The Sand Creek Massacre Of Colorado

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In the early morning of November 29, 1864, elements of the first and third Colorado volunteer regiments surprised hundreds of Cheyenne and Arapaho people camped on the banks of Sand Creek in southeastern Colorado Territory. That day, more than 150 Cheyennes and Arapahoes, the vast majority of them being women, children, and elderly men nominally under U.S. protection, were slaughtered by the Colorado volunteer regiments. Today, I was invited by the National Council on Public History to deliver a presentation on one of the most infamous cases of state-sponsored violence in U.S. history. After finalizing my research on the memorialization of the Sand Creek Massacre of Colorado, I was able to develop three lessons that illustrate the history, …show more content…
In 1909, the Colorado Civil War memorial represented a local manifestation of a generational commemorative impulse sweeping the United States. At the turn of the 20th century, most of the members of the first and third Colorado Regiments had died or were nearing the end of their lives and the same was true for the Civil War veterans nationwide, so there was an upsurge of memorialization practices (Kelman 73). The massacre at Sand Creek was seen as a problem during this time because for members of the Pioneers Association, as well as of the Civil War’s collective memory in Colorado, there was no room for events like a Sand Creek “massacre” in the memory of the Civil War. To these people, there were deeper causes to war including slavery, ongoing racial inequalities, and the lingering consequences of westward expansion. The massacre did not exist in this story of the war and its aftermath because there was no room for atrocities and no room for a concern of Native Americans at all. The Pioneers Association believed that if Sand Creek were to be apart of this Civil War narrative, it would have to be cast as a “battle” because there were few “massacres” in that war. The impact from Sand …show more content…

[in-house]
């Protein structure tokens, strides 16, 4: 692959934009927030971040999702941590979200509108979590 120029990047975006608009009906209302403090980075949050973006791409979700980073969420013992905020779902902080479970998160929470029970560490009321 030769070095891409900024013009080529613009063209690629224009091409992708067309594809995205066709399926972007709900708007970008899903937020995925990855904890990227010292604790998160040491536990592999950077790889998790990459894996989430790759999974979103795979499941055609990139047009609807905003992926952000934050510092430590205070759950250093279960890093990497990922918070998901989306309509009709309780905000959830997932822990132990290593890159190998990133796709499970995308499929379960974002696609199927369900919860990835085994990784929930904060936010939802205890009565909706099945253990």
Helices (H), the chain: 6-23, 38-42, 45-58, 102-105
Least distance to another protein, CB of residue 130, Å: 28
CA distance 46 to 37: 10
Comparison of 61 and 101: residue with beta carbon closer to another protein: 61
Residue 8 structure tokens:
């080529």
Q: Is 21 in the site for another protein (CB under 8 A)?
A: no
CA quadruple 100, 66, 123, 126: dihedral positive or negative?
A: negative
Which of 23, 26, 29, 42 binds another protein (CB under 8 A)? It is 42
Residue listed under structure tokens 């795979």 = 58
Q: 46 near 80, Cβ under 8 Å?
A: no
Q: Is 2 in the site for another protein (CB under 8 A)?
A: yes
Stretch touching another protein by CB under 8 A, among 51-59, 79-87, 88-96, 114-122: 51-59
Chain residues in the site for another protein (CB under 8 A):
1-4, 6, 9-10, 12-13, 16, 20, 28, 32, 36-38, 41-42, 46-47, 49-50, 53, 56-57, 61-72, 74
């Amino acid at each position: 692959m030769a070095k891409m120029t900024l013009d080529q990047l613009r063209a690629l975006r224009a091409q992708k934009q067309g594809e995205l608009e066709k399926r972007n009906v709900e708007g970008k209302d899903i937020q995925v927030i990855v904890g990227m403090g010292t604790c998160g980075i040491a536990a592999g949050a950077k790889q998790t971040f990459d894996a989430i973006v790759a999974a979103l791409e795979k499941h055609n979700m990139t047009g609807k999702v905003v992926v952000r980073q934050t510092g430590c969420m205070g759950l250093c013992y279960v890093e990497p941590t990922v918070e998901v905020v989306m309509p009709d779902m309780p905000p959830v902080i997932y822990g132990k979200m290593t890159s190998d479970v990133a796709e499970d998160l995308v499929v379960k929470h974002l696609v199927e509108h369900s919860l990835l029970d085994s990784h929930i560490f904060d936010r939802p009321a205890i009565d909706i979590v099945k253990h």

of the Interior BLM, Colorado Historical Society and accompanied by Native American observers, made a major archaeological discovery of remains of the massacre site. Large numbers of period bullets, camp equipment, other items, and empirical methods of battlefield archaeology appeared to settle the dispute once and for all stating that the massacre in fact did occur on the land of William Dawson, leading to the discussion on the creation of a site dedicated to the commemoration of the Sand Creek massacre (Kelman 160). After negotiations, a subsequent transfers of ownership from the Dawson family, former owners of the property took place and left the title of the site to the Cheyenne and Arapaho tribes, leading to the discussion on the creation of a site dedicated to the commemoration of the Sand Creek massacre (Kelman

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